When a child is sick: The role of social tourism in palliative and end-of-life care

Philippa Hunter-Jones*, Lynn Sudbury-Riley, Ahmed Al-Abdin, Laura Menzies, Katie Neary

*Corresponding author for this work

Research output: Contribution to journalArticlepeer-review

8 Citations (Scopus)


Drawing upon transformative service research and social tourism literature, this paper explores the relationship between respite care and childhood illness. It focuses specifically upon the short break opportunities attached to respite care offered in children's hospices in the United Kingdom. Pathographies (illness narratives), shared by patients, siblings and family (n = 23), provide unique insights into ways in which each participate in respite care. Participation prompts inclusivity and normality. It offers a break from illness, and contributes to uplifting feelings of optimism, escapism and new beginnings. Conclusions drawn argue the need for healthcare policy to move beyond ‘Dying Well’ narratives into ones which celebrate ‘Living Well with Dying’. Tourism participation has much to offer such a progressive healthcare policy.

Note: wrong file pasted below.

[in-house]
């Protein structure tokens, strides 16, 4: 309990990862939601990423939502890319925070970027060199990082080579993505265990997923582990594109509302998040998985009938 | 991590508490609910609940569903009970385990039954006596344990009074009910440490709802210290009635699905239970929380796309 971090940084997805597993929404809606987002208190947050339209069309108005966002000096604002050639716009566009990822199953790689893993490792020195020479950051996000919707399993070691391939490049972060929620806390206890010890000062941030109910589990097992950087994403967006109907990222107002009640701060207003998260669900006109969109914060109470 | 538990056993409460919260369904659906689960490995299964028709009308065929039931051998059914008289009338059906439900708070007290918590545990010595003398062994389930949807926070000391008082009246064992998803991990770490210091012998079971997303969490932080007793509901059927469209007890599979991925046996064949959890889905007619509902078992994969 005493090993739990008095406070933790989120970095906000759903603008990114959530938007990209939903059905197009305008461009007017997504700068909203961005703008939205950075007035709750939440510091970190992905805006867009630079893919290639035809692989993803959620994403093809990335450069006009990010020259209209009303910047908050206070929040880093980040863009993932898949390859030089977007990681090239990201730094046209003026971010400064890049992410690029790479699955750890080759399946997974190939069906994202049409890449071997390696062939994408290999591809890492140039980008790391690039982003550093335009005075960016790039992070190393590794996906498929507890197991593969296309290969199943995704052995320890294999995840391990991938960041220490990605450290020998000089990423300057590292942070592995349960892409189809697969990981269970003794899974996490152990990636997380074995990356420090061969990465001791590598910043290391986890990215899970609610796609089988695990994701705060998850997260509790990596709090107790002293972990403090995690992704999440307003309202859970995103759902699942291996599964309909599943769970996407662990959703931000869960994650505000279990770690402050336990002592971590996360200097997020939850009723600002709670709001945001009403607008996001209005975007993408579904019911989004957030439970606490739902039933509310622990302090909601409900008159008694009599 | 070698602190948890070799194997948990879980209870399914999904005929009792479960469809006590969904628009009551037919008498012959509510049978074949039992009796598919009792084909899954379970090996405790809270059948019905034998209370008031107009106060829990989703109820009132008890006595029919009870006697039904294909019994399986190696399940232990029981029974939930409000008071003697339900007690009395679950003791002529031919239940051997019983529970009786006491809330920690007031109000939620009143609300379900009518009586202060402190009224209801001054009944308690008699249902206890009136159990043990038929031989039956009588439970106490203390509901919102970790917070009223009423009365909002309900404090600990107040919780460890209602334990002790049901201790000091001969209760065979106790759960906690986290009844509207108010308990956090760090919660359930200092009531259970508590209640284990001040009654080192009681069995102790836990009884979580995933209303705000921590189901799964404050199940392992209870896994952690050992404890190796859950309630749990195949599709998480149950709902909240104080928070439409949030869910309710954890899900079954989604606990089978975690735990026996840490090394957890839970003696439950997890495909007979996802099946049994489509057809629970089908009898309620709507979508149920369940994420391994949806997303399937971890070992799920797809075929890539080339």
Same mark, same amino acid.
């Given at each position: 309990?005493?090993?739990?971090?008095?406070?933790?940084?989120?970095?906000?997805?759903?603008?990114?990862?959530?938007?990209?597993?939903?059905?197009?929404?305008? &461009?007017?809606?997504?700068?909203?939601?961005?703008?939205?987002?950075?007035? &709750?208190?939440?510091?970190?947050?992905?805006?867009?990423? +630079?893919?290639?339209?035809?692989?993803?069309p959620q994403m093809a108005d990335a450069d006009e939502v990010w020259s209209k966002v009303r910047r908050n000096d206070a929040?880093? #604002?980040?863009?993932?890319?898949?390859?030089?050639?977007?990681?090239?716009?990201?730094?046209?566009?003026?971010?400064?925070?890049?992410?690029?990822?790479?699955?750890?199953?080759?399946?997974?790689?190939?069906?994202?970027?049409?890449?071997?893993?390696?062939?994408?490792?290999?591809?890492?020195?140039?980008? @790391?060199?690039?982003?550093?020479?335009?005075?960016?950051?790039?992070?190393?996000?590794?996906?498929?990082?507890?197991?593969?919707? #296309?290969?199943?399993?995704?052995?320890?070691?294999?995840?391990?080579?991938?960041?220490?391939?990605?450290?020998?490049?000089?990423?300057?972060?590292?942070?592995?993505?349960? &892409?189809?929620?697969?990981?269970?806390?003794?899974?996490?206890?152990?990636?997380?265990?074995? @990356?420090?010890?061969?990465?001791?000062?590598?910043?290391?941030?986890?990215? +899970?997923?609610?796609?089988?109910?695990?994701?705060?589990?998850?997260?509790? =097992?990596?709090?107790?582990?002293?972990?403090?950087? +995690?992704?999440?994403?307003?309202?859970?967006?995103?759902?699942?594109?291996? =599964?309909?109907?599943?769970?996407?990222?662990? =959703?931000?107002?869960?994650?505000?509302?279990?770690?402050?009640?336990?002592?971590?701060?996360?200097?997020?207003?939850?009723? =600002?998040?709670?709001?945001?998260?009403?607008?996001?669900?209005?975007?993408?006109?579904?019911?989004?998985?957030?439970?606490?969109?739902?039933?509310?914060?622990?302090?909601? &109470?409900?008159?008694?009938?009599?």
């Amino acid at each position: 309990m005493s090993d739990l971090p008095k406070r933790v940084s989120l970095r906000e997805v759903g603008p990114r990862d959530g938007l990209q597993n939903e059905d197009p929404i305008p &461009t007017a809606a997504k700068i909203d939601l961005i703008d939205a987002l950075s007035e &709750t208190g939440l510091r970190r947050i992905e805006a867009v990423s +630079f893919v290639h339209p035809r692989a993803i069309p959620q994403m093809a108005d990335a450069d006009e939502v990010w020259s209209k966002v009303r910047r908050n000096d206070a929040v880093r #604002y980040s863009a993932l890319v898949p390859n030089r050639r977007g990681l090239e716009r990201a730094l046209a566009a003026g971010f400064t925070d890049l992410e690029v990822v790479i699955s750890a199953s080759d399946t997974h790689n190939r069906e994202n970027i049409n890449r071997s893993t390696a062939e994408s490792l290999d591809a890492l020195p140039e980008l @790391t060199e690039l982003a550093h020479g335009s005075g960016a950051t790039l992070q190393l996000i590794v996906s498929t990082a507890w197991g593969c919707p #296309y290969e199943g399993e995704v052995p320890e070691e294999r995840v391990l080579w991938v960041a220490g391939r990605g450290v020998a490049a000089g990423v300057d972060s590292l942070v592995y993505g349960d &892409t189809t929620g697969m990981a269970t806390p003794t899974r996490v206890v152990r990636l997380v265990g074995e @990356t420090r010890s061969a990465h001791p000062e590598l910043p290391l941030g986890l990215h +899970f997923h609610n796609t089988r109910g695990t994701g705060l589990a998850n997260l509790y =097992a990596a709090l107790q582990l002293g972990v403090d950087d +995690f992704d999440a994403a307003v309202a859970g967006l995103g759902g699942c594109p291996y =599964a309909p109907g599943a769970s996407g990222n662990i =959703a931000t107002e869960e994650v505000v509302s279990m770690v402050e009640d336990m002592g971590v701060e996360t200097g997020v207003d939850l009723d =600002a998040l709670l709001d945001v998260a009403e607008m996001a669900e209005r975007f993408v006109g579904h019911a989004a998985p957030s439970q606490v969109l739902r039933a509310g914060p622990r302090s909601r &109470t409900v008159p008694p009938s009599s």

Original languageEnglish
Article number102900
JournalAnnals of Tourism Research
Publication statusPublished - Jul 2020
Externally publishedYes


  • Carers
  • Children
  • Families
  • Hospices
  • Terminal illness
  • Transformative service research

ASJC Scopus subject areas

  • Development
  • Tourism, Leisure and Hospitality Management

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